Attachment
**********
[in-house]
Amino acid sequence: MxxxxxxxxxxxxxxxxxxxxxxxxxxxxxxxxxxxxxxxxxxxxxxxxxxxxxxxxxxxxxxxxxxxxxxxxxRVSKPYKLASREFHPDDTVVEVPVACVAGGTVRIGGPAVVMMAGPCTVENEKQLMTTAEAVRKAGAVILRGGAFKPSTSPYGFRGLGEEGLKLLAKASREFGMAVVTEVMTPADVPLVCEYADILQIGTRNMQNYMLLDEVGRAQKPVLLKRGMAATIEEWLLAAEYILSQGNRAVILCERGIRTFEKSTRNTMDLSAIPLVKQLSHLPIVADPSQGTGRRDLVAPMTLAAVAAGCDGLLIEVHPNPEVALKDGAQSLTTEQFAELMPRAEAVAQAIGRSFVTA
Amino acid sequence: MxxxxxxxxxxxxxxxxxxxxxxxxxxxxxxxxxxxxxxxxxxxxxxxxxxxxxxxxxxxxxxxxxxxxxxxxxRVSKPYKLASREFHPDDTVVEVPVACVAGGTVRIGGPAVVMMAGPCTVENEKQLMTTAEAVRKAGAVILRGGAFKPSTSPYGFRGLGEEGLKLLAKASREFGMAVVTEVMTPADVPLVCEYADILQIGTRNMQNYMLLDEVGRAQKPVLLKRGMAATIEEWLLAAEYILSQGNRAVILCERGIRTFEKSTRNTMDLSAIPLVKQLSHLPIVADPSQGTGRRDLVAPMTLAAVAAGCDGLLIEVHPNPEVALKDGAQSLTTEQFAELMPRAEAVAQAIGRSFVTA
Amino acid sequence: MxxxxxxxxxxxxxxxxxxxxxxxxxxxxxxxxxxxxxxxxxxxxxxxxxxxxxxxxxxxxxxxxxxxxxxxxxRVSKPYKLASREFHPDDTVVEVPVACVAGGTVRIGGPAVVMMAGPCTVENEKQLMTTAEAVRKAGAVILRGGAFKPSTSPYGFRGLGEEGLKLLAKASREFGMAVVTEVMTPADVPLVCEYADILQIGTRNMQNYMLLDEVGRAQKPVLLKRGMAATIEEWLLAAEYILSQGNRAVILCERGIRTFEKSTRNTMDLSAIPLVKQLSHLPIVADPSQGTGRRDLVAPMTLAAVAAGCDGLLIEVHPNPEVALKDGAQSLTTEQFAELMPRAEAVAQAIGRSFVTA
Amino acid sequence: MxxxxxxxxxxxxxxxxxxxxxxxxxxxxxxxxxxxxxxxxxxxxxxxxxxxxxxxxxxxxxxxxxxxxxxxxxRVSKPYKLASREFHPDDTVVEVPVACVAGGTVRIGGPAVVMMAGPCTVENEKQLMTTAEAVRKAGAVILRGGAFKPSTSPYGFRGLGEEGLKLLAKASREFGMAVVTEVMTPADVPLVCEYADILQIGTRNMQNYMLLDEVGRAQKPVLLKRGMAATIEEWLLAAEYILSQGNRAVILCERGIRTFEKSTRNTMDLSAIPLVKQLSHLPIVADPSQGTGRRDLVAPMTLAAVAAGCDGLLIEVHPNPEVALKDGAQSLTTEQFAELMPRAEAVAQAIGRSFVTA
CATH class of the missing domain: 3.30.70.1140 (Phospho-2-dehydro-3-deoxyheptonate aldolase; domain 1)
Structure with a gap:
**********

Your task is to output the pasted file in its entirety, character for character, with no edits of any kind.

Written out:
[in-house]
Amino acid sequence: MxxxxxxxxxxxxxxxxxxxxxxxxxxxxxxxxxxxxxxxxxxxxxxxxxxxxxxxxxxxxxxxxxxxxxxxxxRVSKPYKLASREFHPDDTVVEVPVACVAGGTVRIGGPAVVMMAGPCTVENEKQLMTTAEAVRKAGAVILRGGAFKPSTSPYGFRGLGEEGLKLLAKASREFGMAVVTEVMTPADVPLVCEYADILQIGTRNMQNYMLLDEVGRAQKPVLLKRGMAATIEEWLLAAEYILSQGNRAVILCERGIRTFEKSTRNTMDLSAIPLVKQLSHLPIVADPSQGTGRRDLVAPMTLAAVAAGCDGLLIEVHPNPEVALKDGAQSLTTEQFAELMPRAEAVAQAIGRSFVTA
Amino acid sequence: MxxxxxxxxxxxxxxxxxxxxxxxxxxxxxxxxxxxxxxxxxxxxxxxxxxxxxxxxxxxxxxxxxxxxxxxxxRVSKPYKLASREFHPDDTVVEVPVACVAGGTVRIGGPAVVMMAGPCTVENEKQLMTTAEAVRKAGAVILRGGAFKPSTSPYGFRGLGEEGLKLLAKASREFGMAVVTEVMTPADVPLVCEYADILQIGTRNMQNYMLLDEVGRAQKPVLLKRGMAATIEEWLLAAEYILSQGNRAVILCERGIRTFEKSTRNTMDLSAIPLVKQLSHLPIVADPSQGTGRRDLVAPMTLAAVAAGCDGLLIEVHPNPEVALKDGAQSLTTEQFAELMPRAEAVAQAIGRSFVTA
Amino acid sequence: MxxxxxxxxxxxxxxxxxxxxxxxxxxxxxxxxxxxxxxxxxxxxxxxxxxxxxxxxxxxxxxxxxxxxxxxxxRVSKPYKLASREFHPDDTVVEVPVACVAGGTVRIGGPAVVMMAGPCTVENEKQLMTTAEAVRKAGAVILRGGAFKPSTSPYGFRGLGEEGLKLLAKASREFGMAVVTEVMTPADVPLVCEYADILQIGTRNMQNYMLLDEVGRAQKPVLLKRGMAATIEEWLLAAEYILSQGNRAVILCERGIRTFEKSTRNTMDLSAIPLVKQLSHLPIVADPSQGTGRRDLVAPMTLAAVAAGCDGLLIEVHPNPEVALKDGAQSLTTEQFAELMPRAEAVAQAIGRSFVTA
Amino acid sequence: MxxxxxxxxxxxxxxxxxxxxxxxxxxxxxxxxxxxxxxxxxxxxxxxxxxxxxxxxxxxxxxxxxxxxxxxxxRVSKPYKLASREFHPDDTVVEVPVACVAGGTVRIGGPAVVMMAGPCTVENEKQLMTTAEAVRKAGAVILRGGAFKPSTSPYGFRGLGEEGLKLLAKASREFGMAVVTEVMTPADVPLVCEYADILQIGTRNMQNYMLLDEVGRAQKPVLLKRGMAATIEEWLLAAEYILSQGNRAVILCERGIRTFEKSTRNTMDLSAIPLVKQLSHLPIVADPSQGTGRRDLVAPMTLAAVAAGCDGLLIEVHPNPEVALKDGAQSLTTEQFAELMPRAEAVAQAIGRSFVTA
CATH class of the missing domain: 3.30.70.1140 (Phospho-2-dehydro-3-deoxyheptonate aldolase; domain 1)
Structure with a gap: